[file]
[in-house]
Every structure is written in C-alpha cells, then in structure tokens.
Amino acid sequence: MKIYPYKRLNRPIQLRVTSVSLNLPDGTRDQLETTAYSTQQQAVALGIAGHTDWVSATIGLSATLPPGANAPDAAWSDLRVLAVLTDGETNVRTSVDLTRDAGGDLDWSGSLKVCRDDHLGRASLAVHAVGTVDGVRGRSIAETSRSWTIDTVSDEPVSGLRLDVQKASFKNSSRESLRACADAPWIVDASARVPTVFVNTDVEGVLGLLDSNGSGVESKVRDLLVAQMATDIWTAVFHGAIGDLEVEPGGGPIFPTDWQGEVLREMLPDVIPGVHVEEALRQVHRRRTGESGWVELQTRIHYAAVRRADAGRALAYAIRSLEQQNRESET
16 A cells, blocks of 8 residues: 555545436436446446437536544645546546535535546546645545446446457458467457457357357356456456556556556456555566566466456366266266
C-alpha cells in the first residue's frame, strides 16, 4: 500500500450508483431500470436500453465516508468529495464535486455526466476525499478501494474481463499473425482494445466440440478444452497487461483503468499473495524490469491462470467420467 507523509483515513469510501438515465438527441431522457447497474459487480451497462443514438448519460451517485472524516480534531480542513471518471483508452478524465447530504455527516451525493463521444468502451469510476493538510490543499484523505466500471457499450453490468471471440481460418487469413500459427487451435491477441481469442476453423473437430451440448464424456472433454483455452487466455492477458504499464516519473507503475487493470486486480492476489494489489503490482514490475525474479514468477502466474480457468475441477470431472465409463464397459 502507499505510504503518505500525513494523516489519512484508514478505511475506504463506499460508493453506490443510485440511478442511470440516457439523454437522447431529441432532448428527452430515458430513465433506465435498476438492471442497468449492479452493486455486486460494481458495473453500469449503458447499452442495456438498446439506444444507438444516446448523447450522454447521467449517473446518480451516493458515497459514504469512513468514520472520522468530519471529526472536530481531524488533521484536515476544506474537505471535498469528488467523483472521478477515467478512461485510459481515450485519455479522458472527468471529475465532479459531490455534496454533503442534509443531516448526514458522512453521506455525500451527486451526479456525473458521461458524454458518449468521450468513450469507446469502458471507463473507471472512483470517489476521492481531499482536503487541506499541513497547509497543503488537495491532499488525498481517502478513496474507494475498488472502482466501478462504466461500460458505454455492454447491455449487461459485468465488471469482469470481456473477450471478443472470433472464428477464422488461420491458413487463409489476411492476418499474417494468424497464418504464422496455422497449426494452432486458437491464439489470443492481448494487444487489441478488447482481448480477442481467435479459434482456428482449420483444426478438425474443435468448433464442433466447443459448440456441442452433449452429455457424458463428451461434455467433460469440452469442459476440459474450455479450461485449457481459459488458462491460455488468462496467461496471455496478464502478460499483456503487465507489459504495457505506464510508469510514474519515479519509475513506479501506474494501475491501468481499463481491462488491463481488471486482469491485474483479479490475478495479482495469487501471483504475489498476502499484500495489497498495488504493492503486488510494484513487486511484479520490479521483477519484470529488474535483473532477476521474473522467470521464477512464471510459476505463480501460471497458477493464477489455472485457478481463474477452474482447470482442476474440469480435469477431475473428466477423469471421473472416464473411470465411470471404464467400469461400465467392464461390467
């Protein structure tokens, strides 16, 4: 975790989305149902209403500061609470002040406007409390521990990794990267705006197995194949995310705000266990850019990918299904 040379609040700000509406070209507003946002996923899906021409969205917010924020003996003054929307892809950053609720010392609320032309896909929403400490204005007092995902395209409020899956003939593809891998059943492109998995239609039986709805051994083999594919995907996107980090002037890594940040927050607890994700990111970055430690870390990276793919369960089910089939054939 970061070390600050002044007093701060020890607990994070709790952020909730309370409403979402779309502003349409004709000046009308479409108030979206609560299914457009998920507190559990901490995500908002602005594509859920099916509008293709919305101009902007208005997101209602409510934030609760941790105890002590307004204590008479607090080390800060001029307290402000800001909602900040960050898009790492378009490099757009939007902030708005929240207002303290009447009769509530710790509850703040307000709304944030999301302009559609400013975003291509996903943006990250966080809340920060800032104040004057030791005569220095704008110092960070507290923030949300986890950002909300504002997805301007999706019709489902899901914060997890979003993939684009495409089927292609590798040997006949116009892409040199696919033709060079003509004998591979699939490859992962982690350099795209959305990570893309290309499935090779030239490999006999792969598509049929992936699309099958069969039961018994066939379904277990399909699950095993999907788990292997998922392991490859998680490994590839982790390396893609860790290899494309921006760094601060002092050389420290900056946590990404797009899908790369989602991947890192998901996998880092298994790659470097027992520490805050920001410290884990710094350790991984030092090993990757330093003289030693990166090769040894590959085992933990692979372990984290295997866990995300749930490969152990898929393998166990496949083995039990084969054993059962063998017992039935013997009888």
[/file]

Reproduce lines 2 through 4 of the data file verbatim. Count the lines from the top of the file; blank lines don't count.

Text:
Every structure is written in C-alpha cells, then in structure tokens.
Amino acid sequence: MKIYPYKRLNRPIQLRVTSVSLNLPDGTRDQLETTAYSTQQQAVALGIAGHTDWVSATIGLSATLPPGANAPDAAWSDLRVLAVLTDGETNVRTSVDLTRDAGGDLDWSGSLKVCRDDHLGRASLAVHAVGTVDGVRGRSIAETSRSWTIDTVSDEPVSGLRLDVQKASFKNSSRESLRACADAPWIVDASARVPTVFVNTDVEGVLGLLDSNGSGVESKVRDLLVAQMATDIWTAVFHGAIGDLEVEPGGGPIFPTDWQGEVLREMLPDVIPGVHVEEALRQVHRRRTGESGWVELQTRIHYAAVRRADAGRALAYAIRSLEQQNRESET
16 A cells, blocks of 8 residues: 555545436436446446437536544645546546535535546546645545446446457458467457457357357356456456556556556456555566566466456366266266